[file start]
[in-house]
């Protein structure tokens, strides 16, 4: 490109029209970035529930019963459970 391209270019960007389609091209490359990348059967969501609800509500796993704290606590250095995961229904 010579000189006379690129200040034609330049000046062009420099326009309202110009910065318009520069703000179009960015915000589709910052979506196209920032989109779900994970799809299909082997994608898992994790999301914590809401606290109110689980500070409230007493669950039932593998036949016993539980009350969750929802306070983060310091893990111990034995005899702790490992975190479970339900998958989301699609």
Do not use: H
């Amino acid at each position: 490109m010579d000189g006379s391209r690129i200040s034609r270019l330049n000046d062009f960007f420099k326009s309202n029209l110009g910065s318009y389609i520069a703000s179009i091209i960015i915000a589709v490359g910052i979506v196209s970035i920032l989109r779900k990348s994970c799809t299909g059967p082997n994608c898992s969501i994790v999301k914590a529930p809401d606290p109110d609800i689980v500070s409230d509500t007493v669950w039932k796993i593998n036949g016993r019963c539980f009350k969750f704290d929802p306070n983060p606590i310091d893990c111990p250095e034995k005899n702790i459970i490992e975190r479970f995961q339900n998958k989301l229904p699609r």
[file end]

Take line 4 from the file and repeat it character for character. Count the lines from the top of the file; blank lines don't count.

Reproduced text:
């Amino acid at each position: 490109m010579d000189g006379s391209r690129i200040s034609r270019l330049n000046d062009f960007f420099k326009s309202n029209l110009g910065s318009y389609i520069a703000s179009i091209i960015i915000a589709v490359g910052i979506v196209s970035i920032l989109r779900k990348s994970c799809t299909g059967p082997n994608c898992s969501i994790v999301k914590a529930p809401d606290p109110d609800i689980v500070s409230d509500t007493v669950w039932k796993i593998n036949g016993r019963c539980f009350k969750f704290d929802p306070n983060p606590i310091d893990c111990p250095e034995k005899n702790i459970i490992e975190r479970f995961q339900n998958k989301l229904p699609r």